Some quick needlework can turn a blank piece of canvas into a handcrafted treasure, and that's where needlepoint and quickpoint come in handy. These two related arts take a single piece of thread and turn it into a slightly pixelated version of the image off which you are working. Quickpoint is easier for beginners, while needlepoint is a little more complicated. The major difference between the two is the type of canvas you are using.
Select the thread matching the color of the smallest and center-most section of the pattern. You should start with the smallest sections of the pattern, then move onto the larger sections. On a quickpoint canvas, the pattern is printed directly onto the canvas. With needlepoint, you will need to count the stitches based on the instruction pattern. Consult the instructions for more information on the positioning of stitches.
Thread your needle by inserting the end of a piece of thread into the eye of the needle. Many people who sew will dampen the end with saliva to hold the thread together.
Tie a knot in the tail of the thread, leaving a 3/4-inch "tail" at the end.
Push the needle through the top-left corner of the center section of the pattern. The needle should be pushed through from the back to the front. Pull it through so that the knot hits the back of the canvas.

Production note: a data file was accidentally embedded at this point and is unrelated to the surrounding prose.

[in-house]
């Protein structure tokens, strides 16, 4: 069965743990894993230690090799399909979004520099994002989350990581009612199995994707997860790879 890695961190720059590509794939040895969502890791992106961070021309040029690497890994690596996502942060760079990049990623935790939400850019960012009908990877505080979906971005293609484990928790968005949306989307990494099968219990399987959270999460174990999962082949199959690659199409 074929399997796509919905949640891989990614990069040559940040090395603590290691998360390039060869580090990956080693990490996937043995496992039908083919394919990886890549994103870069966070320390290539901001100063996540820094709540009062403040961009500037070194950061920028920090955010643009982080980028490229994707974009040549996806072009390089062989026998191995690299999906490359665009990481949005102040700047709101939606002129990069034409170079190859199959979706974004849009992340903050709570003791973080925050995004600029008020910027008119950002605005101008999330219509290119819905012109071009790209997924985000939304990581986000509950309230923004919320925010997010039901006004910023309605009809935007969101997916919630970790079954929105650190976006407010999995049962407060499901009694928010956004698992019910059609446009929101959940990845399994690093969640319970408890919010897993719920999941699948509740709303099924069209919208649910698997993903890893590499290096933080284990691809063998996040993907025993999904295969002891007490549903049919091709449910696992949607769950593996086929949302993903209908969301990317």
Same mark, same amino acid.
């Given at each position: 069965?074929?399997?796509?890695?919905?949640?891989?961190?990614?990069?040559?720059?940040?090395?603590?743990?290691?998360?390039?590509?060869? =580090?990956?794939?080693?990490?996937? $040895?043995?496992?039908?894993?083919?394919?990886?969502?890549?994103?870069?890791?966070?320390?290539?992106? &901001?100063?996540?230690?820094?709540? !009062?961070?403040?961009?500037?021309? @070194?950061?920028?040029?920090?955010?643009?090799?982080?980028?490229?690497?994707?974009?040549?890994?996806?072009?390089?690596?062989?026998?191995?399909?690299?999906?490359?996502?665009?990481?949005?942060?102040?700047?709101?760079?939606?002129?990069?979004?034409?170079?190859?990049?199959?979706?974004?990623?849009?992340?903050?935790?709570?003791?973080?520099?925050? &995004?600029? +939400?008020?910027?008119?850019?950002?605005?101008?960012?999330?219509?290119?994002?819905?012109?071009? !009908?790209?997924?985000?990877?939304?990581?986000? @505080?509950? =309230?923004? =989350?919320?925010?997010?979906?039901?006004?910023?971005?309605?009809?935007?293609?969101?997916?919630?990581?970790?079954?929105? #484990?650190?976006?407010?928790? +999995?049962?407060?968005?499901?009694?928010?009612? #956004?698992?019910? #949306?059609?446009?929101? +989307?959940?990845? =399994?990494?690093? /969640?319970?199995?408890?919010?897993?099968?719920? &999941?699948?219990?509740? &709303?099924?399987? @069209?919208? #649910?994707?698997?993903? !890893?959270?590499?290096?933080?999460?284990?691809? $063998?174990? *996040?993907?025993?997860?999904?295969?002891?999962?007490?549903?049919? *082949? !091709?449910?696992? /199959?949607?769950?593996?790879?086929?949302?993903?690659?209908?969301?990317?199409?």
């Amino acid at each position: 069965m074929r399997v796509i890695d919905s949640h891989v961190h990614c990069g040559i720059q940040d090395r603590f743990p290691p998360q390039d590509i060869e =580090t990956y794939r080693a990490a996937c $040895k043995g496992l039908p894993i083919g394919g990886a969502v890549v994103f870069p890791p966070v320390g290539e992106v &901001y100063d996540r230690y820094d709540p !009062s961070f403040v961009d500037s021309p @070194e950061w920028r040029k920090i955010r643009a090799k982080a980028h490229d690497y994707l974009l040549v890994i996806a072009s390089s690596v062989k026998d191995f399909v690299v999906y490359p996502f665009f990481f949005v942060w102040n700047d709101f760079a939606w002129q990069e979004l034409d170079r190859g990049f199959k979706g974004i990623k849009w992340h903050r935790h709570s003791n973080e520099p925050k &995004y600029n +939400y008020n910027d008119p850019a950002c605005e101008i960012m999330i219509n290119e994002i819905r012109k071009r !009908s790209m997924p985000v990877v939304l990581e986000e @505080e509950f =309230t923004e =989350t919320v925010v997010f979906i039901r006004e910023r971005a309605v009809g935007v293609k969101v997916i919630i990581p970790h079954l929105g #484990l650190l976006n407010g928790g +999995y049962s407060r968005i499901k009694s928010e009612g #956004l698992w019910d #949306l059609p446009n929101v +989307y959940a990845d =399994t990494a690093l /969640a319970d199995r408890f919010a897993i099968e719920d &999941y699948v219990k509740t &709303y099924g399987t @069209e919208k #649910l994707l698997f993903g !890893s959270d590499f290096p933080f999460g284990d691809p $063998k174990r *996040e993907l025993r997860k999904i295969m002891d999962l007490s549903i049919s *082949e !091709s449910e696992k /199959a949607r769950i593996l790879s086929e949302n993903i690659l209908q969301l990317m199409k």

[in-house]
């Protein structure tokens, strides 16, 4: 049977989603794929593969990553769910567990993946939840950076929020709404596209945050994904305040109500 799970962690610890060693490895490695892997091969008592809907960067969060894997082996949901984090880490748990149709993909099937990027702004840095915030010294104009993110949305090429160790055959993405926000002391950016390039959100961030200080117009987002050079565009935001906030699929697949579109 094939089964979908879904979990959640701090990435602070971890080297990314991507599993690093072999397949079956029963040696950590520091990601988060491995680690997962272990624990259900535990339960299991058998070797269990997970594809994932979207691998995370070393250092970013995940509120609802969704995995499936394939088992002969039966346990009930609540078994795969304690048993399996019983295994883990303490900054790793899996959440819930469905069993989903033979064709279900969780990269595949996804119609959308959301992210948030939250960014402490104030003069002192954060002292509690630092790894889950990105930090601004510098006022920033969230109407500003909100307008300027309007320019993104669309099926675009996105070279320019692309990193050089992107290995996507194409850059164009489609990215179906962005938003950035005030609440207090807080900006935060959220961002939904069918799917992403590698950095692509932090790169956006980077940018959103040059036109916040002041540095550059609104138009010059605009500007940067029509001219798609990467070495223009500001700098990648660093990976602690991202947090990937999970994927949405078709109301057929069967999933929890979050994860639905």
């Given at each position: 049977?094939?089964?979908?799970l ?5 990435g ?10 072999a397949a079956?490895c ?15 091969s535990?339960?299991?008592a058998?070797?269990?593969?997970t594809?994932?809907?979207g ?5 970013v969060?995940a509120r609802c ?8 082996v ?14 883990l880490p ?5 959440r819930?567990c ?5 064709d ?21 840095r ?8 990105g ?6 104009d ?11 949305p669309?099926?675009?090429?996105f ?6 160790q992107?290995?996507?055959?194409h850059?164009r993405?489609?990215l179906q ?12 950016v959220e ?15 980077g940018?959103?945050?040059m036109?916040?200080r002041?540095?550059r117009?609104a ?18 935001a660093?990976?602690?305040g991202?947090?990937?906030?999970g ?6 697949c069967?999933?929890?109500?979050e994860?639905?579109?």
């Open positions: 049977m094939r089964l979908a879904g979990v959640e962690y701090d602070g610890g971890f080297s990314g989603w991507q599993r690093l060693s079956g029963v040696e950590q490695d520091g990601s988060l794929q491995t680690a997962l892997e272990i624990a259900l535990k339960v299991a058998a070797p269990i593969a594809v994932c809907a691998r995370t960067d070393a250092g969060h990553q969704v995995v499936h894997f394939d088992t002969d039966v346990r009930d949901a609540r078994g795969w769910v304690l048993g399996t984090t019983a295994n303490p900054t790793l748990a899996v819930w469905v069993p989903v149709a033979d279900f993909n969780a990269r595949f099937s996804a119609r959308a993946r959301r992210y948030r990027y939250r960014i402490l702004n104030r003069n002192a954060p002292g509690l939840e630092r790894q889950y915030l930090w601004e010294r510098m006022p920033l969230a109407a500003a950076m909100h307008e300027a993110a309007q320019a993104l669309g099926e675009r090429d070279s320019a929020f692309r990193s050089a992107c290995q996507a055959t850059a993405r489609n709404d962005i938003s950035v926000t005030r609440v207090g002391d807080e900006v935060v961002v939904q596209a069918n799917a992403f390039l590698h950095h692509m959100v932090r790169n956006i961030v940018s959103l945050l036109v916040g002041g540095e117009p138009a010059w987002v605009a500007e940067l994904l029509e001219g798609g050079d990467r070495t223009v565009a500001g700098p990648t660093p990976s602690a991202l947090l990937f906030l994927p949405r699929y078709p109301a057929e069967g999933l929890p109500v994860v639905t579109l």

Move up and to the right, one square, and push the needle through the canvas again. Pull the needle through to the back so that the thread pulls tight against the canvas.
Move the needle down one square, next to the original stitch. Hold the tail against the back of the canvas between these two sections of thread. Pull the thread through again so that it touches the back of the canvas, and holds the tail down.
Repeat this step to finish the top row of the needlepoint.
Rotate the canvas, and move up a row. Push the needle from the back toward the front, through the canvas, at the new top-left corner. Repeat the process to finish the next row.
Repeat this process to finish the section. Return to the beginning of this process, and move to the next largest section of your needlepoint pattern. Complete this section, and move on to the next largest section. Keep repeating this, until you complete the pattern.